Exodus 12:2,Month. It is the Hebrew word chodesh (Strong’s H2320/TWOT 613b) meaning “the new moon, month, monthly, the first day of the month, the lunar month.” It is found in the Tanakh (Old Testament) 276 times and is translated in the King James Version as “month” 254 times, “new moon” (20 times), and “monthly” (1 time). We see that from these definitions that the terms “month” and “new moon” are synonymous. It has been understood for millennia that ancient Israelites began their month with the new moon.
Why was it important for the Israelites to know when the new moon occurred and when the month began? The dates of the annual biblical festivals that YHVH gave to Israel and instructed them to observe were determined based on when the new moon occurred (Lev 23:5, 6, 24, 27, 34).
The next question to answer is this: when does the biblical month begin? As we noted above, for modern astronomers the term “new moon” means something different than it did to the ancients, including those who YHVH inspired to write the Bible. Ancient calendars were determined by the moon, while modern ones are not. Some biblical expositors teach that the new moon begins when the moon is in conjunction or in line with the earth and the sun and is in its dark phase. Others believe that the month begins just after the moon has moved out of its dark phase and begins to show a sliver of light, which is called the visible or crescent new moon. Who is right?
Some Bible teachers claim that there is no place in the Scriptures that specifically states that the new moon begins at the first visible sliver after being dark for several days. Therefore, they reason, it is an assumption to say that it does (even though, as we will see below, this was the understanding of the ancient Israelites), and therefore, the new moon Continue reading →
This year there has been some confusion as to whether the barley in the land of Israel was really aviv (or abib) or not. Some aviv barley search groups say yes, and some say no. Why the confusion, and who is right? Eventually each person has to make up their own mind, but below we will present the reasons why we agree with those who say that the barley isn’t aviv yet.
At this point, some of you may be saying, “Huh?” when it comes to the term aviv barley. What is aviv barley and what does that have to do with anything that pertains to me? So let’s quickly review some basic truths regarding the biblical calendar. It all has to do with when to keep the biblical feasts.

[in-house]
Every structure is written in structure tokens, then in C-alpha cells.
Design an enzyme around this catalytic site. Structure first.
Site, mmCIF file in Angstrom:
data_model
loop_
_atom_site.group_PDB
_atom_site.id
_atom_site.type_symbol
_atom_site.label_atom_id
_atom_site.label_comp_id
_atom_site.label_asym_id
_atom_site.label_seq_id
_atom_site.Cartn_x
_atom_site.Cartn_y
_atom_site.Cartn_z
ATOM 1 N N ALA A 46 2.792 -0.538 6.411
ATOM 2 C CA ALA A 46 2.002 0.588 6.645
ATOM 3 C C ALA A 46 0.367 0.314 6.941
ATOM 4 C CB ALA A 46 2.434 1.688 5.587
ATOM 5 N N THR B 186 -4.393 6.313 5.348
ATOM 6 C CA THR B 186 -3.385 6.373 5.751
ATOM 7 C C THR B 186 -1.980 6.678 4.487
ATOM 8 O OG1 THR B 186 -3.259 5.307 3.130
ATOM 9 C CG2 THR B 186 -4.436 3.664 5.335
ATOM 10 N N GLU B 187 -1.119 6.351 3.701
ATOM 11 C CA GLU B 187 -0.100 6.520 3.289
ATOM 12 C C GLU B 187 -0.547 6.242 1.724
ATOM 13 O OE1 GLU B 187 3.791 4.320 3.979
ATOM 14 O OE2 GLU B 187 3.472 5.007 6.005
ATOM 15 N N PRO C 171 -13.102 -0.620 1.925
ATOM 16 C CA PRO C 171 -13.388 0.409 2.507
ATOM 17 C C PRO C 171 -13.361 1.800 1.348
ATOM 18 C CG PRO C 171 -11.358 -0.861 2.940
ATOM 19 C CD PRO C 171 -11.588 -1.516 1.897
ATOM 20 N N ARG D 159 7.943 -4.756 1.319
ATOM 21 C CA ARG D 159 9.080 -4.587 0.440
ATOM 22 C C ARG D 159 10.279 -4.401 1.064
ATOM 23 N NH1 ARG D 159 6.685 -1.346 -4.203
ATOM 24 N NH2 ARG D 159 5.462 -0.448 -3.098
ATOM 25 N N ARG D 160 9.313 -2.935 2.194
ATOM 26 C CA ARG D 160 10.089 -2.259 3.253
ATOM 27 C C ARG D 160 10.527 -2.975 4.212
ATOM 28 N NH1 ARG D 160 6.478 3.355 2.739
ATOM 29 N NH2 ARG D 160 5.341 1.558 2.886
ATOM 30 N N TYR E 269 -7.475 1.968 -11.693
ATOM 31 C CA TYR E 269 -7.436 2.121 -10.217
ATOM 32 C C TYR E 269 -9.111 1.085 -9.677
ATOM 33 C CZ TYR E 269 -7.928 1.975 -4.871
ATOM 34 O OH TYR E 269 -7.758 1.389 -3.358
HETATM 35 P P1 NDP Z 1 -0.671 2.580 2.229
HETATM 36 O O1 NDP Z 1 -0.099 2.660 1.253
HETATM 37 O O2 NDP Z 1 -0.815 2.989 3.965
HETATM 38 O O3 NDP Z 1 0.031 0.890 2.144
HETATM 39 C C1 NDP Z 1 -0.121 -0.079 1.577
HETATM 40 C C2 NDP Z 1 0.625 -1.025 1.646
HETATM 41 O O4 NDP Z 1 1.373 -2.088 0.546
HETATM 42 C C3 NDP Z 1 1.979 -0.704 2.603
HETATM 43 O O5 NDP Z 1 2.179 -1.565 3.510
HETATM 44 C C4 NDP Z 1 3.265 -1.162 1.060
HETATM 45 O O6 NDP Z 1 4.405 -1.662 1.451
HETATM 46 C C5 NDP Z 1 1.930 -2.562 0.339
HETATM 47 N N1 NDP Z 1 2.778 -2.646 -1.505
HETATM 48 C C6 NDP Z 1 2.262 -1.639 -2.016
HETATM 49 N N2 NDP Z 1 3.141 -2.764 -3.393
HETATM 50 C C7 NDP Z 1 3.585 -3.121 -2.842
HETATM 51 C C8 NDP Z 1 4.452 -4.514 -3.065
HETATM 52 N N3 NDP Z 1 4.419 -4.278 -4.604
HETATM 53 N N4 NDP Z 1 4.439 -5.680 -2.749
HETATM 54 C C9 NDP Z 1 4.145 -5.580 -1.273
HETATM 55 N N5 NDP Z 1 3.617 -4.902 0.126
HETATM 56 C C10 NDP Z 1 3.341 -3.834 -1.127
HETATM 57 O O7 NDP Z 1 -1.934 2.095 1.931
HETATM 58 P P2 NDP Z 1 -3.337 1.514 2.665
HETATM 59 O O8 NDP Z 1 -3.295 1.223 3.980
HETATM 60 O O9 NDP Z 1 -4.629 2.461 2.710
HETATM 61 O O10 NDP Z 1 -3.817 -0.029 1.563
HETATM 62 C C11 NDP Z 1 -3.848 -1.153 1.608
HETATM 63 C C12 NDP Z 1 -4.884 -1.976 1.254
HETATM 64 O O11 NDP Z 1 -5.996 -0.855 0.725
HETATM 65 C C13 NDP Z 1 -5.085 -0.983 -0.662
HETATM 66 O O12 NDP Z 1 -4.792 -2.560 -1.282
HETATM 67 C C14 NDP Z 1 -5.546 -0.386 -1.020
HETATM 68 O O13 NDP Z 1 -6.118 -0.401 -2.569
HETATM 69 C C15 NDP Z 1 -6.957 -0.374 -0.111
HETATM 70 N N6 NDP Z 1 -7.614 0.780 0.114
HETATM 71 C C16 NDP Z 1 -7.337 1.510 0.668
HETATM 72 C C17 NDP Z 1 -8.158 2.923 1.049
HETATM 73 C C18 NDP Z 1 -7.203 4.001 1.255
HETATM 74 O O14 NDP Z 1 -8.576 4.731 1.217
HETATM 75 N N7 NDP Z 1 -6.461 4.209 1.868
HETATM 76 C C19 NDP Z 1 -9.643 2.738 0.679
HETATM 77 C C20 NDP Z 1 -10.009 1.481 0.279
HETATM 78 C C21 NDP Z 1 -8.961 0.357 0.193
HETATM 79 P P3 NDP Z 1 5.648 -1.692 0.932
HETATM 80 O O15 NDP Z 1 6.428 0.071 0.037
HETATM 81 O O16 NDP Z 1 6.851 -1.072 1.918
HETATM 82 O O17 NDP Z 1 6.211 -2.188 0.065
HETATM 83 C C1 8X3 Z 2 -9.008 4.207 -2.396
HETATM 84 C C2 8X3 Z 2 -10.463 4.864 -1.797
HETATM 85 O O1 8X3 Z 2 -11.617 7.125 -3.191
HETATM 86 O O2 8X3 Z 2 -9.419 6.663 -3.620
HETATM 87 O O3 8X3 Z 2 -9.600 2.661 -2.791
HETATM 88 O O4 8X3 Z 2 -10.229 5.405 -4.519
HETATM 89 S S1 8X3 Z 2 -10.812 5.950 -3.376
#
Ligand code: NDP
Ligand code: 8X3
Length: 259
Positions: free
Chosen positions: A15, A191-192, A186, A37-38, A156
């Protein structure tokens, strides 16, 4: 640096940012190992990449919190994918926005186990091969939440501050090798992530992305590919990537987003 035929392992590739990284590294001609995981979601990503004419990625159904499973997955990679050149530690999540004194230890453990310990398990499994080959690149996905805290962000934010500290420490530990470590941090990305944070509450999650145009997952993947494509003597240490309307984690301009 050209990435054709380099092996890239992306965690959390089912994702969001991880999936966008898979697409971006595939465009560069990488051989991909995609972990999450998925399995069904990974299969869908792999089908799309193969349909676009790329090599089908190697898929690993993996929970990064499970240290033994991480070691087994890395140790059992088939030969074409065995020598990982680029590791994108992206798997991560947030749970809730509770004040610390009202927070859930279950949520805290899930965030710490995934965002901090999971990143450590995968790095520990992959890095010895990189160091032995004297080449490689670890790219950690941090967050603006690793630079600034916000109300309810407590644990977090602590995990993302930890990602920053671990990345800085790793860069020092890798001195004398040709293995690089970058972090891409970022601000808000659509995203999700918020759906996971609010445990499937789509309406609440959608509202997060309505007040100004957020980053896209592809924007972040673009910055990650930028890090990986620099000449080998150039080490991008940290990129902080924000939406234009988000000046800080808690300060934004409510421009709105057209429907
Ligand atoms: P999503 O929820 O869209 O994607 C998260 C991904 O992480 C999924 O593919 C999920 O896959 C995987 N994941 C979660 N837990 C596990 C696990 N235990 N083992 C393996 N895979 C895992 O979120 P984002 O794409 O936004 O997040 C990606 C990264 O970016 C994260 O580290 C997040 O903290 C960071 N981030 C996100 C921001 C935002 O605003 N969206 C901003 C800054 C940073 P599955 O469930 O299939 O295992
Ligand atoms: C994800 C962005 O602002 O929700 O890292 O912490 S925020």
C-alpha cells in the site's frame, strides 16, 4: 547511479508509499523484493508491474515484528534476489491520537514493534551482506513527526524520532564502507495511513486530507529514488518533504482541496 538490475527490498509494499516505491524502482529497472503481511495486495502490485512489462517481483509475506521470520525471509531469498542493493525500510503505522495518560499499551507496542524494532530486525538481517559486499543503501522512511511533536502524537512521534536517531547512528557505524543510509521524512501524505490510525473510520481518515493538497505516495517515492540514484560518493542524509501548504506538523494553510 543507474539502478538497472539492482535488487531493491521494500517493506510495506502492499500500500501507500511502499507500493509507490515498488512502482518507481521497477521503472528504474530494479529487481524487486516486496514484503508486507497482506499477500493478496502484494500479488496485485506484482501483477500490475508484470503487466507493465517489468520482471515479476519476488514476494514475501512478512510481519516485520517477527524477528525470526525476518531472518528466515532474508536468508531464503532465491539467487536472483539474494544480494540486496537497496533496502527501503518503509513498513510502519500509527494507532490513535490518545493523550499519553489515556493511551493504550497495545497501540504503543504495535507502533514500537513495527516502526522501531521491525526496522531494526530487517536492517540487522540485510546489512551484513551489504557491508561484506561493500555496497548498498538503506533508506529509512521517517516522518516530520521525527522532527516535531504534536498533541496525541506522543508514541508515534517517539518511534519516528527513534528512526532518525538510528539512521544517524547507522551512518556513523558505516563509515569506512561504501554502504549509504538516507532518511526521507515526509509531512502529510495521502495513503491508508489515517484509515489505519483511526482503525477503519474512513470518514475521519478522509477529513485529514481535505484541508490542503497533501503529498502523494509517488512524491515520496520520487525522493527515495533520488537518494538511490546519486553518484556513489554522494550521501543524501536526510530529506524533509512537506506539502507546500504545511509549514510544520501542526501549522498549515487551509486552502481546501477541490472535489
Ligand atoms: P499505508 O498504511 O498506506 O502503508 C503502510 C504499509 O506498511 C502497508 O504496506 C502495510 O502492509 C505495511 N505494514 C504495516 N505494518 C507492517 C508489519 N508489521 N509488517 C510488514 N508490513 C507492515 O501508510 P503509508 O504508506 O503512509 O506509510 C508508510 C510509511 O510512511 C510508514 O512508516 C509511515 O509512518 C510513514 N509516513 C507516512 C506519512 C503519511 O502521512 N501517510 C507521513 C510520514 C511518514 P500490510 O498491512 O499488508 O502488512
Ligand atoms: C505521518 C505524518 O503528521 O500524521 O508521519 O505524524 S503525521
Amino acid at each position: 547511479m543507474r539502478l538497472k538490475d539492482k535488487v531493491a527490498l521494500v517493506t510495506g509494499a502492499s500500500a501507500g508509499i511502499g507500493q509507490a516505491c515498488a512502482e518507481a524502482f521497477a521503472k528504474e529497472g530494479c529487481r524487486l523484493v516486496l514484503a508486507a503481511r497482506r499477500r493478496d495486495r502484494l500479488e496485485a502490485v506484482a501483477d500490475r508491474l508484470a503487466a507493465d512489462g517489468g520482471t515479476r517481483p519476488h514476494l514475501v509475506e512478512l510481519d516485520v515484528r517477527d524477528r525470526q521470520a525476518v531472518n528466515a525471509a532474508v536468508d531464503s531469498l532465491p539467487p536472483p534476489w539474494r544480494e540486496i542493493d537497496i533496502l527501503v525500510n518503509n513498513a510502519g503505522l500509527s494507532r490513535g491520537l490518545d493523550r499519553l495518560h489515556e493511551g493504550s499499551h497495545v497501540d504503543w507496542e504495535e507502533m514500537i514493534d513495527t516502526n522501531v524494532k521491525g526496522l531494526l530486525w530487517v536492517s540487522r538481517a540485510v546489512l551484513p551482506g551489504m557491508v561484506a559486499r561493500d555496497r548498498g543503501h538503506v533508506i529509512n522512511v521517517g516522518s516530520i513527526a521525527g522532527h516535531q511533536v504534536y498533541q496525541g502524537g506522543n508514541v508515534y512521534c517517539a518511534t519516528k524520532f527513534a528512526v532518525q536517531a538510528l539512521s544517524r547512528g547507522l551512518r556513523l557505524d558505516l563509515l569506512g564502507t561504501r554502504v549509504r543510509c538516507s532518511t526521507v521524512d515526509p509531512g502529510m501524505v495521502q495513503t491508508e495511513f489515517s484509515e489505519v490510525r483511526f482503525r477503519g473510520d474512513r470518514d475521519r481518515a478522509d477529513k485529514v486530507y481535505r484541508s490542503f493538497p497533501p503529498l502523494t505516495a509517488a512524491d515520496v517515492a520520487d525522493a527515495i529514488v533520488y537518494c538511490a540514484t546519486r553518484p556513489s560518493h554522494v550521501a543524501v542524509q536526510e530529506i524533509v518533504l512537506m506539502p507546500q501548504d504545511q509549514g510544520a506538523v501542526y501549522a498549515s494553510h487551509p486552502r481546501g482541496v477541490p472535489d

The Bible stipulates that months on the biblical calendar begin when the new moon is sighted. (I’ve already written several article on this subject, so I won’t give all the Scripture references here. For that info, go to http://www.hoshanarabbah.org/teaching.html#feast.) To know the dates of the biblical feasts, one must know when the months begin. To know this, one must know when the biblical new year begins—that is, when the first day of the first month of the biblical new year is.
On our modern Roman calendar, determining new year’s day each year easy to do. But this is not the case with the biblical calendar. This is why. The Roman calendar is based on the solar cycle, which is 365 1/4 days long. By contrast, the biblical calendar is a luni-solar calendar. This means it’s based on the solar cycle AND the lunar cycle. The latter is only 354 days long, or roughly 11 days shorter than the Continue reading →
Genesis 1:14–16 reveals that the sun is the greater light and the moon is the lesser light. The Bible reveals that the sun is a spiritual metaphor for Yeshua who is the Sun of Righteousness (Mal 4:2), the Light of the World (John 8:12) and whose face shines like the sun (Rev 1:16). The saints, like the moon, are the lesser light that reflects the light of Yeshua into this dark world. One of the ways the saints do this is through observing and teaching about the seven biblical feasts, which are the seven steps of YHVH’s plan of salvation. Seeing the visible new moon is how we determine the beginning of the months and hence the dates of the feasts. In other words, by the light of the moon we determine the feasts. The visible new moon is a visible sign (Heb. owt, Gen 1:14) to point us toward YHVH’s seasons or modem (i.e., the biblical feasts). In the same way, by our reflecting the light of Yeshua and the truth of his feasts into this dark world, we bring the light of the gospel to the world. This analogy breaks down if the month starts when the moon is dark in its conjunction.
John 2:13, Passover of the Jews. (See also John 5:5; 6:4; 11:55; 12:1; 13:1.) Have you ever wondered why John often uses this phrase? What other Passovers were there that necessitated specifying which Passover he was referring to?
This “Passover of the Jews” is in opposition to the Passover feasts held by competing religious sects of the time (e.g., the Essenes at Qumran and the Samaritans). The modern Samaritans following ancient calendric traditions, for example, will hold their Passover on May 4 in 2012 as opposed to April 6, which is this year’s likely date on the biblical calendar.
The ancient Qumran community embraced an “unorthodox liturgical calendar that [set] them apart from the rest of Jewry” (The Complete Dead Sea Scrolls in English, by Geza Vermes, p. 41). For example, on the Qumran community’s solar-based calendar that is based on a 364-day year, the Passover always fell on a Wednesday (Ibid. p. 79).
As you can see, determining on what days the biblical feasts fall was as controversial then as it is now!